I was on the recieving end of many of these hits. Even got dumped on my head twice. Once my neck swelled and turned purple. That was worrisome. Back on the field two weeks later.
That was also my last season. It was starting to get out of hand.
Several fist fights every match. Players knocked unconscious. Blood. Flying teeth.
It’s all fun and games until you turn forty, and all those hits, and injuries come back to fucking haunt you.
I’ve been going over my book a lot. It is after all my first Crime Thriller. I wrote a new beginning, showing our hero doing normal world stuff, added a few paragraphs here and there to refresh memories of absent characters that will reappear. It’s been edited, reedited and pro(?)-edited. Rewritten, added to and cut.
There comes a time when you have to just let it be.
Send that kid out into the world. Even though it’s book 1 of 2, it has to fly on it’s own merit as a complete stop with one hell of a cliffhanger.
I have spent the morning looking for an assessor to go through the book and while that is happening, I can get a head start on book 2. In fact, I’ve already started doing that.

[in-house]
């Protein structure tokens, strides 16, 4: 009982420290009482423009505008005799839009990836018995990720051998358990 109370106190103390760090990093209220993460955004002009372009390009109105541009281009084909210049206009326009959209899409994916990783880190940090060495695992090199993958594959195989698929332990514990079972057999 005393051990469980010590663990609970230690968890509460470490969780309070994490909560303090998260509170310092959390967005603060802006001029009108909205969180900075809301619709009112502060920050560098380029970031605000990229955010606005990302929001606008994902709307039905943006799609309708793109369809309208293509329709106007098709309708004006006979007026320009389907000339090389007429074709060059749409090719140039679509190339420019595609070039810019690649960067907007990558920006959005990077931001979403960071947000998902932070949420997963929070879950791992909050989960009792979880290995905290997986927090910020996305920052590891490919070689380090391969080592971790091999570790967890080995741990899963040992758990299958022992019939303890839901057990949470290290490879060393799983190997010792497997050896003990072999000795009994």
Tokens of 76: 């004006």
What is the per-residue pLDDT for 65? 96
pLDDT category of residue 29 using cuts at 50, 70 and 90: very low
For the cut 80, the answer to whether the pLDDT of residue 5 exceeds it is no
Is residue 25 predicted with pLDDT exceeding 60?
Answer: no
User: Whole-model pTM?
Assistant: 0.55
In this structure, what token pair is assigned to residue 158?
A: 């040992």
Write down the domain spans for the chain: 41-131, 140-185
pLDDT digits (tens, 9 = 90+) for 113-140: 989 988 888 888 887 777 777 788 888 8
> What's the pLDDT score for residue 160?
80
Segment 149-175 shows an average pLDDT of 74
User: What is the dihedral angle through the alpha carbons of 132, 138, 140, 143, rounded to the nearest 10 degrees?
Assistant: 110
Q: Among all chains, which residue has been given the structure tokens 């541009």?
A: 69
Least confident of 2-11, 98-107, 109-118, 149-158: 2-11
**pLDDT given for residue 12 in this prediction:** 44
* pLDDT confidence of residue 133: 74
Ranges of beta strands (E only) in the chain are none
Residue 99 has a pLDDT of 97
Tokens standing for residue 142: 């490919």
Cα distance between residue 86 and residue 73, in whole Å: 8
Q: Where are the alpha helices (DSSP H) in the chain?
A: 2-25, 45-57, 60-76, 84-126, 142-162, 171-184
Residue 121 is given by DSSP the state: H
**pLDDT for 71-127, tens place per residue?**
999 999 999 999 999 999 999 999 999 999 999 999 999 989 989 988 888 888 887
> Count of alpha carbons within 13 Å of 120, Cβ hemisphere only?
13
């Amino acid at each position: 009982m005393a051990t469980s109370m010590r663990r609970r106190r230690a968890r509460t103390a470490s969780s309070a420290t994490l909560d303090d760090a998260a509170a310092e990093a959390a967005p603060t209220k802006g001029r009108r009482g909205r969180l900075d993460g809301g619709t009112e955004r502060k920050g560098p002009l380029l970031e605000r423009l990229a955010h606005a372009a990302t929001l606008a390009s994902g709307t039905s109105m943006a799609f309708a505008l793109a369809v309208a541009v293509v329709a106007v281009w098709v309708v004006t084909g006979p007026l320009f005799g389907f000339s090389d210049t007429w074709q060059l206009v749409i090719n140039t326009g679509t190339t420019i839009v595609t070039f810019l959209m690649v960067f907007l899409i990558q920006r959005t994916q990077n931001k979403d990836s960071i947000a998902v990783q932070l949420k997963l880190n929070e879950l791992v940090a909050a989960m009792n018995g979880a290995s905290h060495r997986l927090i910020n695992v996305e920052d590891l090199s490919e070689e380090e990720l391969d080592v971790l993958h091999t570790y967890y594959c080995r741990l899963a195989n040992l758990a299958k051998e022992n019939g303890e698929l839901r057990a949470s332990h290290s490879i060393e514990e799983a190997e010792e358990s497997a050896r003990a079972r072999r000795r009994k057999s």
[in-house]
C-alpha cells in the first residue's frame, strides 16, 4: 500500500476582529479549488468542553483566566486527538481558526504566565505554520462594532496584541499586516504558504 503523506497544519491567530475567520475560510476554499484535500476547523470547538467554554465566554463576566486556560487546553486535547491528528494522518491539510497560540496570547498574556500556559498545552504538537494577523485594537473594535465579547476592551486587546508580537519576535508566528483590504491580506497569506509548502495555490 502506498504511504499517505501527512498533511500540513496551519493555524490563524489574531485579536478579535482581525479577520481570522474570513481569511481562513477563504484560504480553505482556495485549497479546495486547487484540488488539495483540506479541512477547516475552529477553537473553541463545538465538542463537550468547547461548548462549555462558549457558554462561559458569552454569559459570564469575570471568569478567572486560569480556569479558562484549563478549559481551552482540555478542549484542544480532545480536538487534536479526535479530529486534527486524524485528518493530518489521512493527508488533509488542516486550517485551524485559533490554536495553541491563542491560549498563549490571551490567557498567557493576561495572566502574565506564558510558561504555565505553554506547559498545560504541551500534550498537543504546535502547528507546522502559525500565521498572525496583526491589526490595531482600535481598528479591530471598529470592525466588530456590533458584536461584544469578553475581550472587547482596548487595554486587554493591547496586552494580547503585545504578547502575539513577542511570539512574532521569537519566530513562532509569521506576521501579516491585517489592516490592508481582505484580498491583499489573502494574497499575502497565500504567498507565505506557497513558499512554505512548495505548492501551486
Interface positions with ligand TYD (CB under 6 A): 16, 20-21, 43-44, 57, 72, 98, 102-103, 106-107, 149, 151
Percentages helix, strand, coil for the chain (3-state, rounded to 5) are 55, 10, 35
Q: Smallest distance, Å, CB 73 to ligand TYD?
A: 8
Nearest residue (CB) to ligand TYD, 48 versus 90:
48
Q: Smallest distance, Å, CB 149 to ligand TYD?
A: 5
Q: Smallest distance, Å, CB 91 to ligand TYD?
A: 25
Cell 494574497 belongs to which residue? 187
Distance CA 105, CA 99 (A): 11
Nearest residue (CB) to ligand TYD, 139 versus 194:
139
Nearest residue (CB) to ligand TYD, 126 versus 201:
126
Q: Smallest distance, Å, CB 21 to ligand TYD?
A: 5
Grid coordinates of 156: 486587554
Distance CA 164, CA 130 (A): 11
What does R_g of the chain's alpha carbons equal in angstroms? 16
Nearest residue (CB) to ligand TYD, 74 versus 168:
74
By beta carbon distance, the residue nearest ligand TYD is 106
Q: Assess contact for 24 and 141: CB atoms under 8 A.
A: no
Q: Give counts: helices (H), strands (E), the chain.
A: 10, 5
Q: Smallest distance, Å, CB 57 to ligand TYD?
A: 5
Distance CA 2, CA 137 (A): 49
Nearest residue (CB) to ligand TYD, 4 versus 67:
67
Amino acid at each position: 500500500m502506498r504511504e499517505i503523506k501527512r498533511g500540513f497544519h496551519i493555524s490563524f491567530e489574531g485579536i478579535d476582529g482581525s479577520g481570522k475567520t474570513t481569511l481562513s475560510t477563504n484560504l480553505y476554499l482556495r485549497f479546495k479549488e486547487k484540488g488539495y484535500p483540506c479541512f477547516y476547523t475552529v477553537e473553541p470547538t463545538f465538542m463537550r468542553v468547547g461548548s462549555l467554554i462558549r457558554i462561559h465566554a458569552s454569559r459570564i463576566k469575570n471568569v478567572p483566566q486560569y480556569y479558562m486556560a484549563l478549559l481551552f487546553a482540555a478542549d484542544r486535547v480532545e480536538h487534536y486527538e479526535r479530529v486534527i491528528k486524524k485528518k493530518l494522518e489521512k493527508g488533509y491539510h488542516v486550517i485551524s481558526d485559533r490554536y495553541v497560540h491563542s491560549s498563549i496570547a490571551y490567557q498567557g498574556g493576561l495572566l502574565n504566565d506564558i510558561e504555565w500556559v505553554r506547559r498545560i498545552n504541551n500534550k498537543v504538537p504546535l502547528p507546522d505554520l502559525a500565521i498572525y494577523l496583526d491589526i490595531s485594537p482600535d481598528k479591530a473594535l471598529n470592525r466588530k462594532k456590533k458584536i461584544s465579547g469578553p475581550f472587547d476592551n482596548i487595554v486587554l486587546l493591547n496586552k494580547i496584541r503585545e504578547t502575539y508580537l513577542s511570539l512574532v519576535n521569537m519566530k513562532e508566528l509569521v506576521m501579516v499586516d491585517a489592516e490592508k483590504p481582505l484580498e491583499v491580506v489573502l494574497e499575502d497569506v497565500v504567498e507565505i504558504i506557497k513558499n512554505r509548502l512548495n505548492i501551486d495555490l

Scrivener was my writing app of choice for a long time. But my old 2gb MacbookAir can’t support version 3, so instead of using version 2.9 (really slow on my Mac), I have decided to use online writing apps, so I can write from anywhere on any available machine.
I rewrote the opening to Death World using TheQuill.app that was pretty good. However, as I started to write book 2, I feared the site might disappear. Sites come and go. So, I needed something secure and reliable that’s been around for a long time. Also, The Quill doesn’t have any contact details. No email or anything.
Now, I am using Reedsy https://reedsy.com/write-a-book. I recommend the site. It’s simple to use. You cam collaborate. Find an editor. Many things. Even publish through their partner. I won’t as I’m looking for a traditional publisher. Easy access is easy to hire an editor.